Nian gao, or Chinese New Year rice cake, is one of the most popular food to make for Lunar New Year. It may look plain, but slice it up and pan fry it for a sweet, tasty treat that's crispy on the outside and soft and chewy on the inside. Totally additive! Plus, it needs only 5 ingredients to make. Looking for more LNY recipes? Complete your LNY menu with our pan fried pork and cabbage dumplings or pork and chive dumplings!
Nian gao (年糕), or sometimes referred to as brown sugar rice cake, is often gifted during Lunar New Year to wish families and friends a more prosperous year, since nian (年) translates to year and gao (糕) sounds like gao (高), which translates to higher, taller, better.
In its original, steamed form, nian gao can look very plain and not very intriguing. But once pan fried, it transforms into an additive snack that will tempt you for multiple seconds! Pan frying give nian gao the perfect crispness on the outside with a slight caramelized flavor and warms up the rice cake so the inside is soft and chewy.
Please scroll down to the recipe card for the ingredient quantities!
- Coconut milk and water - The coconut milk gives richness to the nian gao batter and the water helps to thin out the batter to the right consistency. We recommend using full-fat coconut milk. DO NOT confuse it with coconut cream!
- Dark brown sugar - Nian gao are commonly made with Chinese brown sugar slabs or Chinese black sugar. Chinese brown sugar slab gives the rice cake a cleaner sweetness, while the the black sugar gives the rice cake a deeper, more molasses-y flavor and a darker color. However, they are usually harder to find, so dark brown sugar is a good substitute for them.
- Salt - Just a little pinch of salt helps to round out the flavor of the rice cake and makes it taste sweeter with less sugar.
- Rice flour - Nian gao is best made with a combination of both glutinous and regular rice flour. Glutinous rice flour gives the rice cake the iconic chew, like mochi, but don't worry! It's gluten-free. Regular rice flour gives the rice cake structure and helps to make the rice cake less sticky. Just make sure to grab the right bags! They tend to look very similar except for one word and the bag color. Always remember, glutinous rice four is the green bag ("g" for green), and the regular rice flour is the red bag ("r" for regular).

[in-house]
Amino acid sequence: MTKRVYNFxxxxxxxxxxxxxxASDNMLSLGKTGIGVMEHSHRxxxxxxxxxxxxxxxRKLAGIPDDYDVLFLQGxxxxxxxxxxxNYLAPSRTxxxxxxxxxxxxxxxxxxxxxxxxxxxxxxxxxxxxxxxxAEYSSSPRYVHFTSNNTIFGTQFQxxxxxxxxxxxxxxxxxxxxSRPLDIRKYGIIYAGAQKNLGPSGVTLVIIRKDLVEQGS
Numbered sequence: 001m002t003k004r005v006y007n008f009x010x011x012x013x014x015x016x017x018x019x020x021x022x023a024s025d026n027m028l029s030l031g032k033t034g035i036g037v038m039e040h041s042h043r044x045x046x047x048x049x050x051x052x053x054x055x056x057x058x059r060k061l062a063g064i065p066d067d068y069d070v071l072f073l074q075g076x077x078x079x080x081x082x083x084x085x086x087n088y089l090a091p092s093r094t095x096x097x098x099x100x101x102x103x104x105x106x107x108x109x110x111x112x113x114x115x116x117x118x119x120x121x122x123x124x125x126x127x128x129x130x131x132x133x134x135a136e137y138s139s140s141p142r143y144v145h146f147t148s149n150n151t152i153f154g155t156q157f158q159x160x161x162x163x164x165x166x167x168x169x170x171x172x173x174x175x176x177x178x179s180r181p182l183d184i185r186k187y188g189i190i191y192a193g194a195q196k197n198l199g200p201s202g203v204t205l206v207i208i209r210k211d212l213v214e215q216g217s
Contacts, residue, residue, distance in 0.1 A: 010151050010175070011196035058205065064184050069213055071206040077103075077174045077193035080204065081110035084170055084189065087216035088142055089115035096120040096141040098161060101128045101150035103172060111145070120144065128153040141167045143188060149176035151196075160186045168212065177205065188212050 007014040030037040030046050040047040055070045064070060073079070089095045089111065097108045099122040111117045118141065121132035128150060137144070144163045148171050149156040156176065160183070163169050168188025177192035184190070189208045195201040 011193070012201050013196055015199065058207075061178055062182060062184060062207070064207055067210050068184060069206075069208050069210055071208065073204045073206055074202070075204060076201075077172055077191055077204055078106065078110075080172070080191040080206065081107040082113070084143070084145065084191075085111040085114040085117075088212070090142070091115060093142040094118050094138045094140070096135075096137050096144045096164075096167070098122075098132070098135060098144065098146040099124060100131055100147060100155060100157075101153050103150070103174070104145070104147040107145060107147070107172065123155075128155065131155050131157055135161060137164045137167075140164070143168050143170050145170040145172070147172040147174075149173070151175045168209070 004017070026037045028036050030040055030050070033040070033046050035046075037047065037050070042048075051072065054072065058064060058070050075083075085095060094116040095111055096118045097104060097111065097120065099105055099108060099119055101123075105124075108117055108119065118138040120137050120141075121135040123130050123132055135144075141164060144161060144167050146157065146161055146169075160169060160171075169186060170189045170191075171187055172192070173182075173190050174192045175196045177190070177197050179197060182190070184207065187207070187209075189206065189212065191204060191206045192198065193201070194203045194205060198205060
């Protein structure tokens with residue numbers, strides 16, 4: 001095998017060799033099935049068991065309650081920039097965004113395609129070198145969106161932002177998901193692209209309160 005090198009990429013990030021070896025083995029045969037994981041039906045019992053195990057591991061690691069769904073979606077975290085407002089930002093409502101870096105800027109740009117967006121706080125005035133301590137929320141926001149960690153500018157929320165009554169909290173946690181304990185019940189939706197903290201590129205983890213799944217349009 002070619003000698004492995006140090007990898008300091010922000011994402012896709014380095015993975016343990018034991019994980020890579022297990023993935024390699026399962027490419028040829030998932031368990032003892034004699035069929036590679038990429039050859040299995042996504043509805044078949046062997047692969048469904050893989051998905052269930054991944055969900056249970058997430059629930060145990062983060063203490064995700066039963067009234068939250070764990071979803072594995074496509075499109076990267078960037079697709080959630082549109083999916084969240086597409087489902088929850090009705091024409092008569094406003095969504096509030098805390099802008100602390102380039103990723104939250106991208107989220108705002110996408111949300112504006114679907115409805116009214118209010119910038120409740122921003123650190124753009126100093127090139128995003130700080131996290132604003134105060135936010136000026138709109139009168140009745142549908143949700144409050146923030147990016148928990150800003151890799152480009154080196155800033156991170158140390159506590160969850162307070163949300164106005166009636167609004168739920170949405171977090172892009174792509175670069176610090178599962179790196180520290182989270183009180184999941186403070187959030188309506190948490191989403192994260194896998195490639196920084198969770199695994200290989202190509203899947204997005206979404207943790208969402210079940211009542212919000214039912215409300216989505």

- Dry jujube (optional for garnish) - It's also known as dry red dates.
How to make nian gao (Chinese New Year rice cake)
Please scroll down to the recipe card for the full recipe and instructions!
1. Dissolve the sugar. Combine the coconut milk, sugar, and salt into a saucepan and heat until the sugar has dissolved, stirring frequently. No need to boil the mixture. The purpose is to dissolve the sugar. Stir in the cold water and set aside.
2. Prepare the equipments. Lightly grease an 8 inch can pan with nonstick spray and prepare a pot or pan of boiling water fitted with a bamboo steam basket or steaming rack.
3. Make the batter. Whisk together the two rice flour and slowly add the warm coconut milk mixture while mixing. Once the coconut mixture is all added, keep mixing until well combined and no more lumps or dry rice flour is visible.
🌟 Pro tip: Strain the batter through a sieve to remove any lumps from the nian gao batter.
4. Pour batter into the cake pan. Then, gently tap the pan on the counter to help pop any large bubbles. Place a dry jujube on top of the batter, in the center.
🌟 Pro tip: Cover the can pan with foil. This is optional and will help with keeping the top of the nian gao smooth. If doing so, remove the foil about 40 to 45 minutes into steaming.
5. Steam the nian gao. Place the pan of rice cake batter into the prepared steamer. Cover and steam the nian gao for about 55 to 60 minutes. The nian gao is cooked when a skewer or chopstick inserted into the center comes out with translucent rice cake and feels sticky.
6. Cool. Remove the can pan and let it cool until comfortable to handle. Then, flip the nian gao out of the pan and let it cool completely before covering and refrigerating.
How to eat nian gao
Although you can nian gao as it is, while it's warm. Nian gao is so much better pan fried! It becomes crispy on the outside and soft and chewy on the inside. Plus, the caramelization on the outside, really gives the sweet rice cake another depth of flavor!
To pan fry:
1. Cut chilled nian gao into pieces or slices no thinner than ¼ inch thick. The sweet rice cake can be thicker if you'd like, but no thinner.
2. Add a small amount of oil into a nonstick pan. Heat the pan over medium high heat. When the pan is hot, arrange the rice cakes in the pan and sear both sides until golden brown, about 1 to 2 minutes. If cut into sticks or chunks, sear all sides.
🌟 Pro tip: Pan sear the rice cakes until there are some dark brown spots for some extra caramelization and flavor. It's similar to roasting marshmallows.
3. Remove from the pan and cool for a moment. Enjoy while warm!